Some days it would be more accurate to say that I am a detective, counselor, spiritual guide, actor, friend or laborer than a salesman. I share joys and defeats with people, the good, the bad and the ugly. At times it takes being a detective to even find where a person lives. Other times I serve as counselor, listening to a person talk about a loss, maybe the death of a spouse Iâ€™ve met before. In this case Iâ€™m just plain making friends with two beautiful sisters. You see, I’m in the business of making money by building relationships. Thatâ€™s my work.
Oroville, California. Itâ€™s early fall and things are dying off, although Iâ€™m not sure things only die off here in the fall. It seems to be the norm year round. Itâ€™s still very warm. I’m driving to my next sales call, â€œHarriet and Margaret,â€ two sisters aged 79 and 81years old. Itâ€™s my first time meeting them. (Future meetings will prove to be as interesting.) The skies are blue and the streets dirty, a contrast thatâ€™s common in this area: beauty and ugliness all wrapped up into one. I round the corner looking for the addressâ€”letâ€™s seeâ€¦even on the right, odd on the left. Iâ€™m looking for odd. Shoot, I must have passed it. A quick U-turn and I’m back on track. There it is. Looks like a duplexâ€”great! I love these modest homes. Friendly, welcoming people often live in them.
Knock-knock-knock!! A woman answers. â€œHello Harriett?â€ â€œNo, Iâ€™m Margaret. Do you need Harriett?â€ â€œWell, no. Iâ€™m actually here to see you both. I received this card in the mail and wanted to stop by and explain it to you, and also see if you qualify.â€ I can tell by the big smile and the look on her face that she recalls the card and is eager to hear what I have to say. â€œCome on in,â€ she says. I ask if thereâ€™s a table we can sit at, then follow Margaret to the kitchen table. I introduce myself to her and her sister, Harriett. Looking around I see a picture of â€˜The Last Supper,â€™ a velvet picture of Elvis, a display of mini-spoons on the wall and a fridge covered in magnets. The place is untidy, dark and very dusty with cobwebs. Stale cigarette smoke lingers in the air, so much that the smell has permanently soaked into the walls and drapes. These are all positives because, in my business, I cater to people that have simple tastes, modest lives and limited means. Theyâ€™re my people, working people for whom things donâ€™t come easy to. I love these people–itâ€™s where Iâ€™m from. I understand them and they understand me.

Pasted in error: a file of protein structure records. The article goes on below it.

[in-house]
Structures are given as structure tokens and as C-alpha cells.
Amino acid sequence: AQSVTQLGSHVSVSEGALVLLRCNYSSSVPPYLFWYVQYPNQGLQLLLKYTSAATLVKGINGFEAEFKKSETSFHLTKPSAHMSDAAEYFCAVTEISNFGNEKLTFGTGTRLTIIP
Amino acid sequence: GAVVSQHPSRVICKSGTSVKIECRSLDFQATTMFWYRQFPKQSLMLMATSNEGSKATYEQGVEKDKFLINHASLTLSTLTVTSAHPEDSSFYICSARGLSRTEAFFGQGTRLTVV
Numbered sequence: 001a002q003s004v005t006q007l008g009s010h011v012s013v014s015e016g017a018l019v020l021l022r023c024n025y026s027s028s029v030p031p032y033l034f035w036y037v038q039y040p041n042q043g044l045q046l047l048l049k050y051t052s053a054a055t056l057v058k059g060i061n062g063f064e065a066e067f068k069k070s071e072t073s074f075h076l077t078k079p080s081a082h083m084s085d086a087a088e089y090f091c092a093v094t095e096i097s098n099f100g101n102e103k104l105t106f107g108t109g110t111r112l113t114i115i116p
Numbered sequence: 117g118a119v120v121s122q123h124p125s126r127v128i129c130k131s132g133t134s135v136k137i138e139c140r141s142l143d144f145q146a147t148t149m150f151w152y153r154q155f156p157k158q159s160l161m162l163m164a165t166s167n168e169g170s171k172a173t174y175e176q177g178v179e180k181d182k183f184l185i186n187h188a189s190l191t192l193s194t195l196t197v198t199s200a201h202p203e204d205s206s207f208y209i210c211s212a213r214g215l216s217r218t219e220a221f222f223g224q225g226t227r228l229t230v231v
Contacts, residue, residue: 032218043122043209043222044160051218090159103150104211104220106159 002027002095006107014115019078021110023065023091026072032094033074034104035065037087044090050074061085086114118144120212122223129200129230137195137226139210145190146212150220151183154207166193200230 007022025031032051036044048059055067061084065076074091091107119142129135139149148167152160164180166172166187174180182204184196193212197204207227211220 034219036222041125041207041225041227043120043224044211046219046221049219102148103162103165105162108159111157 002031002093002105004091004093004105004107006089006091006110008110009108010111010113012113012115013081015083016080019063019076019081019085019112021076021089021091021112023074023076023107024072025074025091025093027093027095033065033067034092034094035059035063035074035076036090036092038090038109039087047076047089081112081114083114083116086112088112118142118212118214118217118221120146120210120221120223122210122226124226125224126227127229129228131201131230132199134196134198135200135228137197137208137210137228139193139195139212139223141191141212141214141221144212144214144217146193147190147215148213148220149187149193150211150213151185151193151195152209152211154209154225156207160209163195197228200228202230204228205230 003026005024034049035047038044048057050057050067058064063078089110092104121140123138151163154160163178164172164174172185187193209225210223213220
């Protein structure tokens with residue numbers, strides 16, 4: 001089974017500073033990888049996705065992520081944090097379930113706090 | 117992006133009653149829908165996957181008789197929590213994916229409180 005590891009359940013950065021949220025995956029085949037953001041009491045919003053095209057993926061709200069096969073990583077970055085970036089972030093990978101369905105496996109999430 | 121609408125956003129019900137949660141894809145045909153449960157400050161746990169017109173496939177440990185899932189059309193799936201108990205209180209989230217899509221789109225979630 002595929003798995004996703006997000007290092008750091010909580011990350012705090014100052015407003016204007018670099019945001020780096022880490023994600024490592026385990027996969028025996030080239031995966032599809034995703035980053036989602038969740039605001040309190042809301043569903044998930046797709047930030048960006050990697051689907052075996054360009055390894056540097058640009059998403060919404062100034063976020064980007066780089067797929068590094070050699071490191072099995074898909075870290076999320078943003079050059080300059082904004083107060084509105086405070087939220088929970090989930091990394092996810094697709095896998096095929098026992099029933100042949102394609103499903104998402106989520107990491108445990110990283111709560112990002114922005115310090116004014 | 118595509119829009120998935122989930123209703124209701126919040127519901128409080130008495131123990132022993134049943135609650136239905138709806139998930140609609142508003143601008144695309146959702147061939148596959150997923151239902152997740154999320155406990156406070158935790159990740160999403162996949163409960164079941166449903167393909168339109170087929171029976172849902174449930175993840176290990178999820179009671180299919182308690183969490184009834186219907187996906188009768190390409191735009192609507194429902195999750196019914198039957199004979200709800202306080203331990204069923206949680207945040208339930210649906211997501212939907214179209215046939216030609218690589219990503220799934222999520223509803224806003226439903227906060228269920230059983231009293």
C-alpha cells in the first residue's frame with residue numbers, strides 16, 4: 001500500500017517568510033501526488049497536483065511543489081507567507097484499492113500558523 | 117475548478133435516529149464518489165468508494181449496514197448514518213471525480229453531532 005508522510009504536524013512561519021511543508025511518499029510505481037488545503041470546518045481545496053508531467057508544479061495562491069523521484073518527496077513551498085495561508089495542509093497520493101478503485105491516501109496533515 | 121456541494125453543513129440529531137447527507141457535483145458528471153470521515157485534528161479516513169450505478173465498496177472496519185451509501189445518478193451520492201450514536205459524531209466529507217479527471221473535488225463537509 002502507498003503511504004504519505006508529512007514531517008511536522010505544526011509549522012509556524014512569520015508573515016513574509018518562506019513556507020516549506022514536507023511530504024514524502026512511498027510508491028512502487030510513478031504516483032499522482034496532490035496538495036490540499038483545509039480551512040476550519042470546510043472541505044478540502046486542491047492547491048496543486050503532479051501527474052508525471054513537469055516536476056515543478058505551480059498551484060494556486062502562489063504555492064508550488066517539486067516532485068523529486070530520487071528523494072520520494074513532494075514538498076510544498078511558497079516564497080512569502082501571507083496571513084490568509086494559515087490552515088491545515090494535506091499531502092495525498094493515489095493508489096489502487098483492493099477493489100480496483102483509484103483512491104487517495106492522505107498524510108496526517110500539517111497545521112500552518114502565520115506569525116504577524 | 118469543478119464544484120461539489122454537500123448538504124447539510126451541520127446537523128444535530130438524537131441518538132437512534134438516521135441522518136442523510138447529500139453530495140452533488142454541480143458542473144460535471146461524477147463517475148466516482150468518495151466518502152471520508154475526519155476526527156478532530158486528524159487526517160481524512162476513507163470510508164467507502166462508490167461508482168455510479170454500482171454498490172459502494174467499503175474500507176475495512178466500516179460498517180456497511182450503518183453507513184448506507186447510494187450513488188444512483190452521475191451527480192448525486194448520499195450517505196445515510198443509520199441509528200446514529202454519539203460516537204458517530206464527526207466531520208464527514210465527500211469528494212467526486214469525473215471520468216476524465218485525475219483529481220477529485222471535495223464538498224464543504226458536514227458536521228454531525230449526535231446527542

â€œWould you like something to drink?â€ one of them asks. â€œSureâ€¦do you have some water?â€ I dread their asking if I want anything else. I have no idea how long a pot of coffee has been left sitting, or how long itâ€™s been since the pot, or cups, have been washed. Water is usually the safest bet. Harriet has her face no more than an inch or two from mine and looks into my eyes, with a BIG smile. â€œHowa â€˜bout a cookie?â€ she pipes in. â€œYes, please. That would be wonderful,â€ I say, remembering one of the cardinal rules in sales: DONâ€™T EVER TURN DOWN ANYTHING OFFERED BY A POTENTIAL CUSTOMER. This can be one of the easiest rules to break, even accidentally. However, I try not to because I donâ€™t want it to seam like a personal thing. If I turn down what people offer me, I’m somehow saying that I donâ€™t like them, and I donâ€™t want to give that message. So I happily eat the hard, tasteless cookie, drink some of Orovilleâ€™s finest drinking water and continue my pitch. Harriett hangs onto every syllable, looking at her sister occasionally to make comments. â€œHe sure has a nice face.â€ I look at them and drop one of my favorite lines, â€You know, if I was just 20 years older and you were just 20 years younger, wellâ€¦â€ and flash a big grin. She blushes and I know Iâ€™ve made a new friend and, quite possibly, a new customer. I finish the sales presentation and intuitively know Iâ€™ve made the sale. The sisters are completely enamored with me. I could be selling a bottle of dirt and theyâ€™d be buying itâ€”that, Iâ€™m sure of!
As I finish the paperwork, I ask about the velvet artwork on the wall, as an Elvis fan and all. They chat about the display of tiny spoons hanging on the wall, all from different places theyâ€™ve visited over their lives. Each one is decorated with the logo of a town or city theyâ€™ve been. I see these a lot with people of that era. Each spoon comes with its own story. (I get a new one every time I visit these ladies). I donâ€™t look forward to the day I bring one of the sisters a check of the otherâ€™s benefits for the plan theyâ€™ve just purchased.
I get up to leave and wait for one of them to show me out. Harriett, looking at her sister, gestures for me to lead the way, â€œYou go right ahead.â€ With the two sisters in tow, I overhear Harriet say to Margaret, â€œLook at that butt. Isnâ€™t it nice?â€ Just about that time, I feel one of them grab a handful. I whip my head around just in time to see Harriett flash the biggest grin Iâ€™ve seen thus far. I wonder how it would be if the roles were reversed–two older men grabbing the behind of a young sales woman? I somehow donâ€™t think it would be okay, but it doesnâ€™t bother me a bit. As I leave, they plant themselves just outside the front door, still following my every move with their eyes, and grins. They continue as I climb into my car and as I drive away, I can see them through my rear view mirror standing on the porch watching me as I round the corner out of sight. Iâ€™m glad we all got something out of that visit. Theyâ€™re happy and so am I!
This normally would be the end of the story, however, Iâ€™ve been back to see these wonderful ladiesâ€”now 84 and 86 years old–on a yearly basis. It is now part of our tradition that I lead them to the door. Itâ€™s fun that they seem to get so much joy out of this little ritual, butâ€¦I have yet to reciprocate.